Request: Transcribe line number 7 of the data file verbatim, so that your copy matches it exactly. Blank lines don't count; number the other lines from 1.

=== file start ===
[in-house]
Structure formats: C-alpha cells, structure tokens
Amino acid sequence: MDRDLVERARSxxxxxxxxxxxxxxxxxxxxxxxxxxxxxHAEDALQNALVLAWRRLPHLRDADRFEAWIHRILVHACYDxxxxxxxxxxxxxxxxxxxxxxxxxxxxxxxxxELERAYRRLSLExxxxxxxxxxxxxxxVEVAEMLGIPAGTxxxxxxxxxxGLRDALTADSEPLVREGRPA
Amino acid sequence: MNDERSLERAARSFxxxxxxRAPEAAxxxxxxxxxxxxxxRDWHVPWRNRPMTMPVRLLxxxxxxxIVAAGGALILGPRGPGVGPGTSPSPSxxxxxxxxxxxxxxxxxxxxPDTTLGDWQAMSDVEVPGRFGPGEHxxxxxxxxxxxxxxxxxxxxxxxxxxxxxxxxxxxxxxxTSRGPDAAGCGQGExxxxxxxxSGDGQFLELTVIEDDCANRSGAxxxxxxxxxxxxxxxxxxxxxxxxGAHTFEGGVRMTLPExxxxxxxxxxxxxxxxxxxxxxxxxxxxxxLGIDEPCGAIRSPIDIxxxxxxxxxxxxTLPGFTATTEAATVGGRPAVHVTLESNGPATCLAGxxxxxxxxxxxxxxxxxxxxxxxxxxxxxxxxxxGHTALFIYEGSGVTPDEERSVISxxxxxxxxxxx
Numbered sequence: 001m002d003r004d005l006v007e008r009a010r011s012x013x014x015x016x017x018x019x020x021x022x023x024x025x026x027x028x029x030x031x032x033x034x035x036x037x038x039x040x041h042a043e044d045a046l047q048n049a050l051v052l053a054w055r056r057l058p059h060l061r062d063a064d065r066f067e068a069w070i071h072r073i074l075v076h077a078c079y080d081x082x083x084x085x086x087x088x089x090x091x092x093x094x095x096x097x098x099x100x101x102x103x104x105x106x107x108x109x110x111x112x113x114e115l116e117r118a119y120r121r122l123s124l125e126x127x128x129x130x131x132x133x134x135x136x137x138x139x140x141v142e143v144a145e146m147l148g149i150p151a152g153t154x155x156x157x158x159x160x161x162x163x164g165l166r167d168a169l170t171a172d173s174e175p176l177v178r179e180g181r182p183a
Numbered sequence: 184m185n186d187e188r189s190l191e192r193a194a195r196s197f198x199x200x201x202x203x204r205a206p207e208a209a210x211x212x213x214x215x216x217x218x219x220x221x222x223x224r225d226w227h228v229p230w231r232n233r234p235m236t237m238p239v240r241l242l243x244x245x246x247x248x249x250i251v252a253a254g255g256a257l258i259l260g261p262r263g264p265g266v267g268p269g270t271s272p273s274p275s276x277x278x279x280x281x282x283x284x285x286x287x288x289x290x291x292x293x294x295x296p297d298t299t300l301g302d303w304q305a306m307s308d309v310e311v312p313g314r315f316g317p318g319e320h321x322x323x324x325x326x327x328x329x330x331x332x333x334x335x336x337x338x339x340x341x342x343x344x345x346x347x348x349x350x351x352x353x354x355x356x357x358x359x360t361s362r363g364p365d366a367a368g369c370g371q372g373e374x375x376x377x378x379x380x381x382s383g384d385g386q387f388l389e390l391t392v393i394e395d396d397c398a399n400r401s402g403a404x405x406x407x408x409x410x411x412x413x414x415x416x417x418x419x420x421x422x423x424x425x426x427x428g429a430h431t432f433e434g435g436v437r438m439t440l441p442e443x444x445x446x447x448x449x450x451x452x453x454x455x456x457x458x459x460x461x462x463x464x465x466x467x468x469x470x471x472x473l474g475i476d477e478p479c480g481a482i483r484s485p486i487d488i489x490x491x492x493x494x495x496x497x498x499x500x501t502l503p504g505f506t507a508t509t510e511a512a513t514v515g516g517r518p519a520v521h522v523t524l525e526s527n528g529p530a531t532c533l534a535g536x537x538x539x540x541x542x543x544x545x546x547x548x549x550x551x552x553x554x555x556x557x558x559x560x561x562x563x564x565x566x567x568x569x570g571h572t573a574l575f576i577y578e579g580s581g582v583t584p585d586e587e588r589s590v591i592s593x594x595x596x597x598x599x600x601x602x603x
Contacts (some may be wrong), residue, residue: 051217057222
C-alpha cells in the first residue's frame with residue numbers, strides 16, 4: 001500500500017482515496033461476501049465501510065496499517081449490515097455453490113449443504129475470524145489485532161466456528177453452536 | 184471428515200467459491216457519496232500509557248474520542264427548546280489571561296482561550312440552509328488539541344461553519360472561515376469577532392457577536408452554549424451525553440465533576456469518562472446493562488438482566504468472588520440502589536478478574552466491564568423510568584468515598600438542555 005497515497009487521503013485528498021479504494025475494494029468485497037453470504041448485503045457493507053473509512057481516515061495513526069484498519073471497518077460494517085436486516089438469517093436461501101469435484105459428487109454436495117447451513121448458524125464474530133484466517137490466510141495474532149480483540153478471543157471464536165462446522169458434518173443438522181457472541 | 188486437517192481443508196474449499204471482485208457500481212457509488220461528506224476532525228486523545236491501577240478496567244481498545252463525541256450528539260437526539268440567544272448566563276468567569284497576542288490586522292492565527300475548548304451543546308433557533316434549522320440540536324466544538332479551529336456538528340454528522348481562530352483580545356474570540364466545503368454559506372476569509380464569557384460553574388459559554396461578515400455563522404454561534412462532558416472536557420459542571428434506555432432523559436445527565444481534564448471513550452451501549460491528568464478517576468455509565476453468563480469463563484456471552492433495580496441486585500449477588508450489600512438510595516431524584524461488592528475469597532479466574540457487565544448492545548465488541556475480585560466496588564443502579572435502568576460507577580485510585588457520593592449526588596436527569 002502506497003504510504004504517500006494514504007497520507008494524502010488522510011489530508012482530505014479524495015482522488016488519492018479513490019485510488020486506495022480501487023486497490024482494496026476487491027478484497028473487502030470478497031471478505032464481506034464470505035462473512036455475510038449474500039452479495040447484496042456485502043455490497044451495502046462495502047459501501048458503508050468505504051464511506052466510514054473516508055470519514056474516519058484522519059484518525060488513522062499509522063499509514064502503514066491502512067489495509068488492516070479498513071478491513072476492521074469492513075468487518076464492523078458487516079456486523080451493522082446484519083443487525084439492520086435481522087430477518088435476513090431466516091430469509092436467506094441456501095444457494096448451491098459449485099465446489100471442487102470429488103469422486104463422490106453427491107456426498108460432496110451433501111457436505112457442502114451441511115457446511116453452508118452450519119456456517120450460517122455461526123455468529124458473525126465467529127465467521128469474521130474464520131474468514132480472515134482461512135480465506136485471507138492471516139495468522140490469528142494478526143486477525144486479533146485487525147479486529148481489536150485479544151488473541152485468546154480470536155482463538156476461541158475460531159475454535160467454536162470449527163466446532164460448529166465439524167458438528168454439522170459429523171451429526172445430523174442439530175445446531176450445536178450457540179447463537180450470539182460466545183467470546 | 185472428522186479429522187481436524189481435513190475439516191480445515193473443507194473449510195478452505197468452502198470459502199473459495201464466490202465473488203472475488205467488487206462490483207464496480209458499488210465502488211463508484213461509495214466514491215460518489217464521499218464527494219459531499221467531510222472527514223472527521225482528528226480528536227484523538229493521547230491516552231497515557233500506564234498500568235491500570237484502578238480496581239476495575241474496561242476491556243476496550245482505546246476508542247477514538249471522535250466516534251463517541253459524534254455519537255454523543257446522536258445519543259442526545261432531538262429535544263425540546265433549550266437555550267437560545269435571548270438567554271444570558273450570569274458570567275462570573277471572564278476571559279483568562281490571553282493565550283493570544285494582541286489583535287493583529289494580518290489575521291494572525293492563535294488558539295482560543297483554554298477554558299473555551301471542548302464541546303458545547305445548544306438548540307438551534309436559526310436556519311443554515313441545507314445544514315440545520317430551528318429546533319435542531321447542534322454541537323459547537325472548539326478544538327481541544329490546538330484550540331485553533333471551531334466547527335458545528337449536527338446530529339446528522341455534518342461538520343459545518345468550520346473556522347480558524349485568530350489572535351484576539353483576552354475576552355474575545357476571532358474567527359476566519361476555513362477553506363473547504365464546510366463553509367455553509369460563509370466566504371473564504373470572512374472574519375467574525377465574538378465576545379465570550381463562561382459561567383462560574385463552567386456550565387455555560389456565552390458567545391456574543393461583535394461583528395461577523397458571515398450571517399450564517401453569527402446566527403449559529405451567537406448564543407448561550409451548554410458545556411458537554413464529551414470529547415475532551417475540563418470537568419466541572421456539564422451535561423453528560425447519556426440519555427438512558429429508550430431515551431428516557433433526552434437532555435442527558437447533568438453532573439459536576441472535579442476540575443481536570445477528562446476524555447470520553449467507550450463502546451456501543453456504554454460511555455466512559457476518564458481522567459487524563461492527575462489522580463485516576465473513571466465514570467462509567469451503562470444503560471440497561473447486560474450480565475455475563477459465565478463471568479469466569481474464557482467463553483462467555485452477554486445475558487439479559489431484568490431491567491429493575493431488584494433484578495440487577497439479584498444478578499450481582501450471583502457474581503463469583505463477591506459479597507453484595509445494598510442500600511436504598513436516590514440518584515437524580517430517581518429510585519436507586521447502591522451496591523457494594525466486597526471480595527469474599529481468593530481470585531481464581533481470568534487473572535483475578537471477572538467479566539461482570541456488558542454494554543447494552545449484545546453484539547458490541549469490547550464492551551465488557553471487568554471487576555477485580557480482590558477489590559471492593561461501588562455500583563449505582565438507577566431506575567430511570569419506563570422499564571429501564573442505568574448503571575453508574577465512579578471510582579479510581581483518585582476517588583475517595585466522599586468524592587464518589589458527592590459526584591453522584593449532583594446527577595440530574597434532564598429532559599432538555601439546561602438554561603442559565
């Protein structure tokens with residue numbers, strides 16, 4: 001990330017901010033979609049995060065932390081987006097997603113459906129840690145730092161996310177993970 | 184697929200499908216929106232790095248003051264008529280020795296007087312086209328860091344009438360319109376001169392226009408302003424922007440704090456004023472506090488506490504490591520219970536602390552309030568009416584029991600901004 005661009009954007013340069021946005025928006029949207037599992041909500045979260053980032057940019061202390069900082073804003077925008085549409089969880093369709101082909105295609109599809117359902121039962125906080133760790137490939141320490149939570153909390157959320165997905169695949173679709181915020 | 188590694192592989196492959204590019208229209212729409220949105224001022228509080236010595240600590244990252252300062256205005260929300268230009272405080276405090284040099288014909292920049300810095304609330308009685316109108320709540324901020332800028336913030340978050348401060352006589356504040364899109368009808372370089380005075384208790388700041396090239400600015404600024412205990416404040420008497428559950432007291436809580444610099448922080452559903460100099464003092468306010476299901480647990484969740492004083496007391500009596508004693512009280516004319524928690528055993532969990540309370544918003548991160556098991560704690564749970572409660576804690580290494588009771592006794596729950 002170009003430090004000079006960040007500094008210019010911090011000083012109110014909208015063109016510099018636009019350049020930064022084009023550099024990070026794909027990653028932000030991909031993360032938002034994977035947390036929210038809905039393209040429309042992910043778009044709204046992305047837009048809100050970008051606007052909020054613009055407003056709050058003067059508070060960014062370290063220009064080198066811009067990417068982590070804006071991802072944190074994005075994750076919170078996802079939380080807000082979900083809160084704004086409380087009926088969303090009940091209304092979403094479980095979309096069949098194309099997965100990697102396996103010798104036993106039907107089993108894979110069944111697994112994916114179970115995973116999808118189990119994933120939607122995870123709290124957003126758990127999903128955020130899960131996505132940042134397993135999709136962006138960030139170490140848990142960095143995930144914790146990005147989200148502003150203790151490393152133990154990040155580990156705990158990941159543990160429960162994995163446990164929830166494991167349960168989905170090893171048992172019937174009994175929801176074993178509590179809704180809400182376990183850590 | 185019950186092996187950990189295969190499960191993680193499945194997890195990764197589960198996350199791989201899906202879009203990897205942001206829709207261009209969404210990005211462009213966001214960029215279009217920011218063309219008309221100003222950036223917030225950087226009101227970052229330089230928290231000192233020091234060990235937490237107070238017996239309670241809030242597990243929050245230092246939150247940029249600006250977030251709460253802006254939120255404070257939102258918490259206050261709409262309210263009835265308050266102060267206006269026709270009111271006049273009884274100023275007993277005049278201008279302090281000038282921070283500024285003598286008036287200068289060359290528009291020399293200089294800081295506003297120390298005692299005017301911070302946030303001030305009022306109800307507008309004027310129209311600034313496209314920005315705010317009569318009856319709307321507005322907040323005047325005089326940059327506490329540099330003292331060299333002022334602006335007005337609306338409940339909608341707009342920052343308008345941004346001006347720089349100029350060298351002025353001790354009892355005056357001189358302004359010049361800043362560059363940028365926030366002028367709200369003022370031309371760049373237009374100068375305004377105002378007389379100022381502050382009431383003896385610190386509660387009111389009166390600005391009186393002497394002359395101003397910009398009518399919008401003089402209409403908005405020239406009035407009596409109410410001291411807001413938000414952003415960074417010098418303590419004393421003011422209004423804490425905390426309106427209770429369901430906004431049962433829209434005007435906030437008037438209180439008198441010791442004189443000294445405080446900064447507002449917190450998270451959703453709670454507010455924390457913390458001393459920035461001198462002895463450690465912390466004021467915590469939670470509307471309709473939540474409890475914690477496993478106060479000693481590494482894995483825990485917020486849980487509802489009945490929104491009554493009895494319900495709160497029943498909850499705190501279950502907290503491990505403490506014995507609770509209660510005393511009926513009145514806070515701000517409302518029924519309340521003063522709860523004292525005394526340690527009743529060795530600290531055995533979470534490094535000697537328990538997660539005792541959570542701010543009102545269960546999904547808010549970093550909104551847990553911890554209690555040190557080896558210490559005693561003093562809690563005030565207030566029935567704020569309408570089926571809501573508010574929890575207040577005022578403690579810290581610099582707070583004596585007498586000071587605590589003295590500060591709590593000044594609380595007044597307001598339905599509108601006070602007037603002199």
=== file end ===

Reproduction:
Contacts (some may be wrong), residue, residue: 051217057222